Gambling involves placing a bet or stake on an event, game, or contest that has an uncertain outcome. This activity can take place in casinos, lotteries, online, or in private settings. It can be a form of entertainment or it may lead to serious financial and personal problems for people who are addicted to gambling.
Despite the fact that there is a wide range of gambling opportunities available to the public, most of them offer the same basic features: a bet or stake, an outcome, and a prize. Most gamblers gamble for the chance of winning money or other prizes but, as with any other form of risk-taking, there is always a possibility that one could lose a bet or a wager.
Many people who have a problem with gambling experience a number of different harms, from relationship difficulties and financial problems to health issues like depression. The literature on gambling harms is complex and varied and there are some significant limitations in current approaches to defining and measuring harms.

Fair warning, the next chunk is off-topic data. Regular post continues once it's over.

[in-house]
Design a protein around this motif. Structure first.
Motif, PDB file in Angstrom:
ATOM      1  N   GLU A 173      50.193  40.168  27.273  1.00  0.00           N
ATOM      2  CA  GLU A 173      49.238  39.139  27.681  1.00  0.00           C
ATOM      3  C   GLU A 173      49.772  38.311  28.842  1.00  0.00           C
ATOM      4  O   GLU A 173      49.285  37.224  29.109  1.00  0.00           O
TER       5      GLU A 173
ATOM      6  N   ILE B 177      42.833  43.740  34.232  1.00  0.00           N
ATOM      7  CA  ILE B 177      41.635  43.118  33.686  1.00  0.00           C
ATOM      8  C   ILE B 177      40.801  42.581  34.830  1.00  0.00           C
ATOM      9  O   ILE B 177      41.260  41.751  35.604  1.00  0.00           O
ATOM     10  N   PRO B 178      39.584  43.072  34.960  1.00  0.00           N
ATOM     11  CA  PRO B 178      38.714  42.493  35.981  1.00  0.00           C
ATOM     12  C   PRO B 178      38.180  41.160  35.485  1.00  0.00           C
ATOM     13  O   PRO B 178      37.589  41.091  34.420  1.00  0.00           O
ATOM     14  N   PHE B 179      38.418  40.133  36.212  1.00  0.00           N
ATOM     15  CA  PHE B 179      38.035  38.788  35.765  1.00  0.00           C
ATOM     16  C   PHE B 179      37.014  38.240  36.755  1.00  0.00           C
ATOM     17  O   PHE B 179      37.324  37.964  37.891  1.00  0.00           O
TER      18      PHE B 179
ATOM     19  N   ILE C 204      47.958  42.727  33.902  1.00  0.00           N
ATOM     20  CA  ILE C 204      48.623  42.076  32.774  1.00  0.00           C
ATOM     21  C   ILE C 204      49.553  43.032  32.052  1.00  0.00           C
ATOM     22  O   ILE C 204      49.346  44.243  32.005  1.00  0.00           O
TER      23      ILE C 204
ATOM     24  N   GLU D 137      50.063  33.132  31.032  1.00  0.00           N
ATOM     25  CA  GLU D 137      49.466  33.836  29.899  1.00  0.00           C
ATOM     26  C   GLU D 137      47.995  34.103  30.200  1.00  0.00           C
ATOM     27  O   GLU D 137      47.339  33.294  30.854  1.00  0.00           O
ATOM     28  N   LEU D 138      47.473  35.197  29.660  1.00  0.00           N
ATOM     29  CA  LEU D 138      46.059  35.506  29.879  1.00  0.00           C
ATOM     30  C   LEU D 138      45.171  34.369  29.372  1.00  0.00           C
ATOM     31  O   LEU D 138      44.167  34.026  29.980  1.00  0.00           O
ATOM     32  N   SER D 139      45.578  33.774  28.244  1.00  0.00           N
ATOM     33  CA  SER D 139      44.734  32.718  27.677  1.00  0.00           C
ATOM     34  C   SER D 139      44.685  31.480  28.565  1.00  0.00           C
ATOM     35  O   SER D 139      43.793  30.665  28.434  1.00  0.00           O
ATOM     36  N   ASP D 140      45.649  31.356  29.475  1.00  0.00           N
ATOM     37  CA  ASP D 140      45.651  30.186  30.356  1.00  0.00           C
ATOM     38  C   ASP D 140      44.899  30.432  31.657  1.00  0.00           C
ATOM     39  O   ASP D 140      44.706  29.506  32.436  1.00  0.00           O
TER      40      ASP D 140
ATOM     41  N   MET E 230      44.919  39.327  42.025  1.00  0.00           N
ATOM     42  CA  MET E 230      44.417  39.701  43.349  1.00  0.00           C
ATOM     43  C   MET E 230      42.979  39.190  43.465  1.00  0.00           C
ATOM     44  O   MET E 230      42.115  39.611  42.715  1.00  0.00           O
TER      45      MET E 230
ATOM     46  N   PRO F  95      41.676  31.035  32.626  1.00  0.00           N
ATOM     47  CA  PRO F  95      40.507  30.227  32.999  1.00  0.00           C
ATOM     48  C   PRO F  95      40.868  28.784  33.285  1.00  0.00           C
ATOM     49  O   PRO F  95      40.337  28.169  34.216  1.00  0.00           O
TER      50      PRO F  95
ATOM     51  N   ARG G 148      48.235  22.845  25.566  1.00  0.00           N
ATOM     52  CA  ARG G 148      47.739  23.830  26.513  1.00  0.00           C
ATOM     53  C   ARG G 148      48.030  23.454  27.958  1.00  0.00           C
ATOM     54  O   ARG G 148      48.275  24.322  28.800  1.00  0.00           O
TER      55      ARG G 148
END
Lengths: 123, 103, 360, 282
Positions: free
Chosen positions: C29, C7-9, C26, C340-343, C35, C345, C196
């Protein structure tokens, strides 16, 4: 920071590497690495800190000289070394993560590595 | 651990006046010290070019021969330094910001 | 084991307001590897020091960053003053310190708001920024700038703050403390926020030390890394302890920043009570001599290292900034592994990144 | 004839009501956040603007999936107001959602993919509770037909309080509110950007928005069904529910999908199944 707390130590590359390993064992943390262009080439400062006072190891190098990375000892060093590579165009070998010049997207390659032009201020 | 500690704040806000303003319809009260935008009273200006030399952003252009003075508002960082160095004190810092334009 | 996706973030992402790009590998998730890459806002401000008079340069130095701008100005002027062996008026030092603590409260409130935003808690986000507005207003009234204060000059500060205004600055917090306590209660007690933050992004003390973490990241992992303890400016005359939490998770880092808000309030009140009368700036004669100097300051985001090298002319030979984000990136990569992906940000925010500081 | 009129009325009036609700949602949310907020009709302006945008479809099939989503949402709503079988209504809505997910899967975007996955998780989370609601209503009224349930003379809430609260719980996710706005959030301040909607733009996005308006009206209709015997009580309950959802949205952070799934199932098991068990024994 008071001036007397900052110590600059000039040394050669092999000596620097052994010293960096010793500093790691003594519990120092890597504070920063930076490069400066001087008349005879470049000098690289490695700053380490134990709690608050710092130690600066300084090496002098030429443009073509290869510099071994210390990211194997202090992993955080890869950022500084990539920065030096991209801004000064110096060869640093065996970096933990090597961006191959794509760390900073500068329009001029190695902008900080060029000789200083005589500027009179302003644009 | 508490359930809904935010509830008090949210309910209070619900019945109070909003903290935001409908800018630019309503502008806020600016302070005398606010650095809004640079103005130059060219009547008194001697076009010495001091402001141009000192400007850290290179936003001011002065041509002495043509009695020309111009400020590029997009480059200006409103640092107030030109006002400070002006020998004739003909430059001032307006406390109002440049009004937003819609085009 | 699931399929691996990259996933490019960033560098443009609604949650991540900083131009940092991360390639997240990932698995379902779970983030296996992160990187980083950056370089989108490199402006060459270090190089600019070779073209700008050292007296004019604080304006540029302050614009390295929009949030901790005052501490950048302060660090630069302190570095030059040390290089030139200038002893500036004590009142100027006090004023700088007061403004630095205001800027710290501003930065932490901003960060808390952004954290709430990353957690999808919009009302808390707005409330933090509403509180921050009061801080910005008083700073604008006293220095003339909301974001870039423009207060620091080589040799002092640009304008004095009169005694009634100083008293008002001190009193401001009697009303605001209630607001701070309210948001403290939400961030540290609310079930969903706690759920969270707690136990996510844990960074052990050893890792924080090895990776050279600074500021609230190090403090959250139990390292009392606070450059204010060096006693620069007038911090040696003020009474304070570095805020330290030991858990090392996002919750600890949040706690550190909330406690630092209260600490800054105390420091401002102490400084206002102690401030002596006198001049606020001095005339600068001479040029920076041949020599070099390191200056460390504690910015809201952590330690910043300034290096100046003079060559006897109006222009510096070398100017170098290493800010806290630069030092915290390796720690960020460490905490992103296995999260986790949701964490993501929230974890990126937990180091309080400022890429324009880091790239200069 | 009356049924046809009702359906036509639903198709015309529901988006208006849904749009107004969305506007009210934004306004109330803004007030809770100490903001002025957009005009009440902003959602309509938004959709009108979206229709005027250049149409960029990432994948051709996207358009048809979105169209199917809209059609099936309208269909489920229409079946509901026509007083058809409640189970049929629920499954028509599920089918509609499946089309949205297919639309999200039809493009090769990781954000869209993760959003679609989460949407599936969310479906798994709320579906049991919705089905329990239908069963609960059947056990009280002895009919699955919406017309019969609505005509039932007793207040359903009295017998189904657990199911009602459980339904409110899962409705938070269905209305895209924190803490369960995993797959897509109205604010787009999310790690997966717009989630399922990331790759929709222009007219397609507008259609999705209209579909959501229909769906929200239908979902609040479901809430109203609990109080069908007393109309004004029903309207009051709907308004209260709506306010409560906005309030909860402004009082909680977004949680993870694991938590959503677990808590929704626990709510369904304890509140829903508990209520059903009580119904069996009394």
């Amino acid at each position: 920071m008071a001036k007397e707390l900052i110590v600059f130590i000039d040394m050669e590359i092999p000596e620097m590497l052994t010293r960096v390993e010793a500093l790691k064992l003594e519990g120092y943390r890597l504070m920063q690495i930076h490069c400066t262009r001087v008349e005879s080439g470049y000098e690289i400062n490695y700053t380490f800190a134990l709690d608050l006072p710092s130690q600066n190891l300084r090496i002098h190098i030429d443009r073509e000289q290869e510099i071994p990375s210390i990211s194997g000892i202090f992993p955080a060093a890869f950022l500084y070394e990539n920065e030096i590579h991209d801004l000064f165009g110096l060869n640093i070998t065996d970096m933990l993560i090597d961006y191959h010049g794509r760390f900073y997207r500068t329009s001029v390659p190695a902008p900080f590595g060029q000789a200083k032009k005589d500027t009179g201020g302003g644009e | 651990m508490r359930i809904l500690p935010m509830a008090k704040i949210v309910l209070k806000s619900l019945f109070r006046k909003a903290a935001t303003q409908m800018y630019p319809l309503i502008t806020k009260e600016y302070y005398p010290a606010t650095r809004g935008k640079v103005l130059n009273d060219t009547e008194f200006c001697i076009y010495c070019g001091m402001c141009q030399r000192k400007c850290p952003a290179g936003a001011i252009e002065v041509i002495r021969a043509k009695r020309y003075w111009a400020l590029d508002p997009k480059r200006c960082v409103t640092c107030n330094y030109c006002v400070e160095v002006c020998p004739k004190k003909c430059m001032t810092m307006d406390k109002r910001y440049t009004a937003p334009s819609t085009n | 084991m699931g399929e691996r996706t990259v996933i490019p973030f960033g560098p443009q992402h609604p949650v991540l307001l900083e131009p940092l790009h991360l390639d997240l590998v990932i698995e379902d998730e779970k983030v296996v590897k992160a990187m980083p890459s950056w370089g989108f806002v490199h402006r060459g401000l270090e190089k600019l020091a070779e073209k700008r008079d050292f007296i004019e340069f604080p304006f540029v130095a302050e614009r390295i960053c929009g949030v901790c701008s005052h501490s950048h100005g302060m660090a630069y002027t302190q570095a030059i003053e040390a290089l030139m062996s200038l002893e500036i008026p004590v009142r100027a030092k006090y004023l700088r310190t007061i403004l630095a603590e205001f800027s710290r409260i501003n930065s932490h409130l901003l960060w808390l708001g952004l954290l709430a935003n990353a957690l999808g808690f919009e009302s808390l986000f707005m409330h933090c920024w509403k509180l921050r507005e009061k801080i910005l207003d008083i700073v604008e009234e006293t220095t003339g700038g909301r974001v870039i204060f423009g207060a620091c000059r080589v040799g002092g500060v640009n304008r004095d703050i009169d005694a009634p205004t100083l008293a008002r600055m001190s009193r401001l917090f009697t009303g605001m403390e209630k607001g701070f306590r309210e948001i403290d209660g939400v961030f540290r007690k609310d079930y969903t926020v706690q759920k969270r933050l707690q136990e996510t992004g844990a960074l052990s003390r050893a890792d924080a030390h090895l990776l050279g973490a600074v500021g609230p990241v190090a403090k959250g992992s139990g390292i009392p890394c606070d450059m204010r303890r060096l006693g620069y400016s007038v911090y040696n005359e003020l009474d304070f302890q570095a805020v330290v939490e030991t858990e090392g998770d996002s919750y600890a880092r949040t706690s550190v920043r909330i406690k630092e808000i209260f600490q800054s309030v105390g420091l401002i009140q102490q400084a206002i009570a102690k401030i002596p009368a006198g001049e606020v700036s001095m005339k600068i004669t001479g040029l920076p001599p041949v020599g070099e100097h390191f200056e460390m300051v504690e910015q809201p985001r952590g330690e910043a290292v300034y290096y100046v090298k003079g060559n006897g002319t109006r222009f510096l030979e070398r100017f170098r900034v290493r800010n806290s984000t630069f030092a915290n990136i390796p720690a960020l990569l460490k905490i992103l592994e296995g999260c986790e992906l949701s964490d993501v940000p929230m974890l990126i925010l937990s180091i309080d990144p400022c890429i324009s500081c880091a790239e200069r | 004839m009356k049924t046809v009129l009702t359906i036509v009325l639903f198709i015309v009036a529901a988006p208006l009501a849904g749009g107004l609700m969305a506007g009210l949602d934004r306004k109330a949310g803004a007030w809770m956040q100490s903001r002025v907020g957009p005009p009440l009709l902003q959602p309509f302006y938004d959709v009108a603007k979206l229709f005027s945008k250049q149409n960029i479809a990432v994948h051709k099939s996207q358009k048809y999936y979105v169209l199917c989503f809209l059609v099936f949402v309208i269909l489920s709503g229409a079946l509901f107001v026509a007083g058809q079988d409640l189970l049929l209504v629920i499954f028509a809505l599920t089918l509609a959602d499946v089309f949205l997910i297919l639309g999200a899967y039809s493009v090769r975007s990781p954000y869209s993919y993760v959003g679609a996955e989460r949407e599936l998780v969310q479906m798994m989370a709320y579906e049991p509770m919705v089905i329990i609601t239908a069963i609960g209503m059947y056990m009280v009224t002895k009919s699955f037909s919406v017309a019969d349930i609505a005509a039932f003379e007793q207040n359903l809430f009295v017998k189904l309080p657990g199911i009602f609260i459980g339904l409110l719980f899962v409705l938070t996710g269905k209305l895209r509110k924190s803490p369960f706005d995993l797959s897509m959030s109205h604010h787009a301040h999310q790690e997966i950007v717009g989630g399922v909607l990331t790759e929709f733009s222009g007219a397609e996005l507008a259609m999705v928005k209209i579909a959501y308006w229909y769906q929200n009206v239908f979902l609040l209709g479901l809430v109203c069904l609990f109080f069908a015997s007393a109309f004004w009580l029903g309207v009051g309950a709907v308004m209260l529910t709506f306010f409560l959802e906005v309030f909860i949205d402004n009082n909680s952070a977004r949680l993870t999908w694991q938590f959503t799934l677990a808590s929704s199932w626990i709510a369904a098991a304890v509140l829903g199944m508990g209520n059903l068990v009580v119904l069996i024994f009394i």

Firstly, it is common for the term “harm” to be conflated with negative consequences of behaviour (either explicitly or implicitly). Neal et al  and Currie et al  have both highlighted that this is problematic and reflects a wider tendency in the literature to confound outcomes with their cause. It is also the case that in some instances, the same terms are used to refer to both the outcome and the problem behaviour in a single instrument such as the PGSI . This is an issue that requires further exploration.